During this workshop, delegates will discuss their own experiences of integration and consider how to ensure that the services required to respond to the specific challenges relating to autism are both appropriate and protected.
Workshop 5 – Choice and Control: Understanding the role of Self Directed Support
Des McCart, SDS and Commissioning, Healthcare Improvement Scotland; Cathy Steedman, Director, Autism Initiatives.
Delegates will be provided with an overview of the work carried out by Scottish Government and key national partners, and information about the National Plan for 2016/18. Insight into the experiences of autistic individuals and their families during the SDS process will also be provided. Delegates will be invited to share their experience of SDS and discuss how to ensure that autistic people have opportunities to exercise choice and control in their lives.
Workshop 6 – Building Local Capacity in Supporting People with Autism, Learning Disabilities, and Complex Needs: A Scottish Government project to minimise the use of out-of-area placements and reduce delayed discharge
Dr Anne MacDonald, Complex Needs Project Lead, Scottish Government & Head of Complex Needs, The Richmond Fellowship Scotland.
This workshop will outline a Scottish Government project to explore the type of support required for individuals with learning disabilities and complex needs, a significant proportion of whom also have autism. The project seeks to address the use of out-of-area placements and to minimise delayed discharge for this group.
The workshop will outline the project and describe its aims and timescales. Delegates will have an opportunity to discuss the support solutions; share experiences of building local capacity and developing high quality services and share good practice.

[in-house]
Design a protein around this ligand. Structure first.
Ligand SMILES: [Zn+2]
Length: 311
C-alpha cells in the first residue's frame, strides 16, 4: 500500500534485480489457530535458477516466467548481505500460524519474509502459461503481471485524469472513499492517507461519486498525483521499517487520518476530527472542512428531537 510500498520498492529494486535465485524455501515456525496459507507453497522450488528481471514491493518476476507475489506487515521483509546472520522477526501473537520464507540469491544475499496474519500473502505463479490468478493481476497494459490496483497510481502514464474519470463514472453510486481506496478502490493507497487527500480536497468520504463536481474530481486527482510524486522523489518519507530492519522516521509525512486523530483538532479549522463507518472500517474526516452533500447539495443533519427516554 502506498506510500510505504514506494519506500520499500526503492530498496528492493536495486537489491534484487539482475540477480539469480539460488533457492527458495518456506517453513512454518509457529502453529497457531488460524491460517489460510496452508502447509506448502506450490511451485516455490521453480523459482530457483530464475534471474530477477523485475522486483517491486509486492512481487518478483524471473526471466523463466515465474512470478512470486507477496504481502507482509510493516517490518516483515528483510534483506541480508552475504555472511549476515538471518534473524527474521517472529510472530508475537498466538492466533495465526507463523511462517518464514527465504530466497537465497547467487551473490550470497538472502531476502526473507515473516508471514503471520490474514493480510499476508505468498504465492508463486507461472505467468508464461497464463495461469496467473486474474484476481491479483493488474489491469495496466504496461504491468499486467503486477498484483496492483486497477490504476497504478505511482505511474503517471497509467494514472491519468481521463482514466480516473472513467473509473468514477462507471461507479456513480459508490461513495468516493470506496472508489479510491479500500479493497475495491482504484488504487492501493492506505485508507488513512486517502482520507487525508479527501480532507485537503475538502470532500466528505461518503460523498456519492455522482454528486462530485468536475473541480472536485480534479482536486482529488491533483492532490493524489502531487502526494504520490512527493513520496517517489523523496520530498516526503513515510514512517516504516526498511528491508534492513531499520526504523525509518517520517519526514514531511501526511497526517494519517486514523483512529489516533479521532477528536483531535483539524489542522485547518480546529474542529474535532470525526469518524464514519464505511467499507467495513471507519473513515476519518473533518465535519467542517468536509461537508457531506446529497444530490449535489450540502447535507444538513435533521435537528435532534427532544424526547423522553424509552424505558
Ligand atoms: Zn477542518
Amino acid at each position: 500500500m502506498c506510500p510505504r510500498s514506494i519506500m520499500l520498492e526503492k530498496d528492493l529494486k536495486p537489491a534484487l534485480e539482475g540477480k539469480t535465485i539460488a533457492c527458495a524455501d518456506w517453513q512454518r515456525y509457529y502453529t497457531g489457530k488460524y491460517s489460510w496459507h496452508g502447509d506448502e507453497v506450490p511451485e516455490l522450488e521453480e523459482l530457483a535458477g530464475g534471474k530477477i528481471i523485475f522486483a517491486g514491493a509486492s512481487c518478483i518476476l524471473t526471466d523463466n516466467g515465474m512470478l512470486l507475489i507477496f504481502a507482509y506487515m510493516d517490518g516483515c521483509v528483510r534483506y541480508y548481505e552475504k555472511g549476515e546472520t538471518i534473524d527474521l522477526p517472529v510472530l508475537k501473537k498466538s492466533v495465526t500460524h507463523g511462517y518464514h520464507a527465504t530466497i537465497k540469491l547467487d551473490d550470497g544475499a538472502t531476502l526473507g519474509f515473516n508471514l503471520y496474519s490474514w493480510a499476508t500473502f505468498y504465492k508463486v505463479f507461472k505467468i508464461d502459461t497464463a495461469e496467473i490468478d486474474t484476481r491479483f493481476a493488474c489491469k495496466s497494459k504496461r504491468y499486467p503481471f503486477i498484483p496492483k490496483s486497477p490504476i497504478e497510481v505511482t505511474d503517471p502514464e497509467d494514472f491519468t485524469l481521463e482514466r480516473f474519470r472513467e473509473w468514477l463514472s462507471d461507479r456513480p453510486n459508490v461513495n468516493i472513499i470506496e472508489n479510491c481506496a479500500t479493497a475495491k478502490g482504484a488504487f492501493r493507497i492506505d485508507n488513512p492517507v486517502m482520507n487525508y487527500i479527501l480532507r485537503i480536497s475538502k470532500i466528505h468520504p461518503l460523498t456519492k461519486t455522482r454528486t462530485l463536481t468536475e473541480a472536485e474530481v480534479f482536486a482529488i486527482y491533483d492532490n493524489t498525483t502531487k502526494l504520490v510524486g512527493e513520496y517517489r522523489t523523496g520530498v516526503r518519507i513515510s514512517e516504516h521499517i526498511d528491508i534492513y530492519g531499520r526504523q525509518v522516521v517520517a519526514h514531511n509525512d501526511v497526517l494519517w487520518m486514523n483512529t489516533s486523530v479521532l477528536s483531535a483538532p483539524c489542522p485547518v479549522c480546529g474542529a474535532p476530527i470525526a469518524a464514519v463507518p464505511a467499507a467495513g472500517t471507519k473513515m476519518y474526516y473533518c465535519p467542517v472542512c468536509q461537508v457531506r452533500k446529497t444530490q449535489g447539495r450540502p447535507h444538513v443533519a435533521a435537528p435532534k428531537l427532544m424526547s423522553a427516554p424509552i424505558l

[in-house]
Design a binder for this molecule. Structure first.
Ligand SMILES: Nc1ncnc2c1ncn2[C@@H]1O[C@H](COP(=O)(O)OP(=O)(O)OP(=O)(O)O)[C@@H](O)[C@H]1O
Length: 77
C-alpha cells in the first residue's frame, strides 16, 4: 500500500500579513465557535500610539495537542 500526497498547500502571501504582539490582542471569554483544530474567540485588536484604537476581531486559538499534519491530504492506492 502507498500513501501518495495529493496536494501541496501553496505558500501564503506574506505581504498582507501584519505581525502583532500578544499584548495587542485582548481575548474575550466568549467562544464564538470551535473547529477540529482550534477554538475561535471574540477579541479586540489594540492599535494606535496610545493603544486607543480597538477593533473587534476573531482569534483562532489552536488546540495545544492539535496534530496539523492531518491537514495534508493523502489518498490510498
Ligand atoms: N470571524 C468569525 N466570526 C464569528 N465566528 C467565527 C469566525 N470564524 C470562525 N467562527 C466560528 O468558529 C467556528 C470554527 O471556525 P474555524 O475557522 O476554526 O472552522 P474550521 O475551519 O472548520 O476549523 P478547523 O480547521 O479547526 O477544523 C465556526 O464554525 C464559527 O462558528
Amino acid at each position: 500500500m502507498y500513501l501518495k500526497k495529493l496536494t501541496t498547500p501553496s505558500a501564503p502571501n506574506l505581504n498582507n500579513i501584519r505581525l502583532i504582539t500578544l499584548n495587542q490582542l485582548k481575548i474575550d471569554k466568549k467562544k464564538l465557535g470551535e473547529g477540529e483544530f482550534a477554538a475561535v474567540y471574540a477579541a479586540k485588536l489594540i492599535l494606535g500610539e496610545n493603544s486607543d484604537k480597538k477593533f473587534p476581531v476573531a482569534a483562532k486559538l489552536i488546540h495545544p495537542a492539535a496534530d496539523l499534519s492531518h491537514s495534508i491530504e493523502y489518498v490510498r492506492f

Workshop 7 – Pathways in Practice: understanding the role of service change in the reduction of waiting times for diagnosis for children and adults
Morag Burns, NHS Lothian; Rachel King, ASD Resource Team Project Manager, NHS Lothian; Marion Rutherford, Speech & Language Therapist, NHS Lothian; Dr Andrew Stanfield, Consultant, NHS Lothian
Members of NHS Lothian child and adult ASD diagnostic services will share information about the clinical service experience of pathway review and change. The workshop will showcase the process of developing and implementing a new pathway and the models applied. Delegates will have an understanding of the reasoning behind the need for change and the development of a new multi—disciplinary pathway. Discussions will explore the challenges and benefits of the change in building capacity for ASD diagnosis and introducing more efficient working practices. Delegates will also have the opportunity to discuss their own local practice and to review the resources developed to accompany each pathway.
Keep up-to-date with all news on the Scottish Strategy for Autism Facebook page.
What is supported decision-making? New good practice guide from the Mental Welfare Comission
The Mental Welfare Commission for Scotland has published a new good practice guide on supported decision-making.
The guide was produced for the Commission by Jill Stavert, Professor of Law at Napier University and sets out why supported decision-making is an important concept.
It explains how adults with mental illness (including dementia), learning disabilities and other related conditions, who may have difficulty making decisions, can be supported to ensure that decisions made, by or about them, genuinely reflect their choices.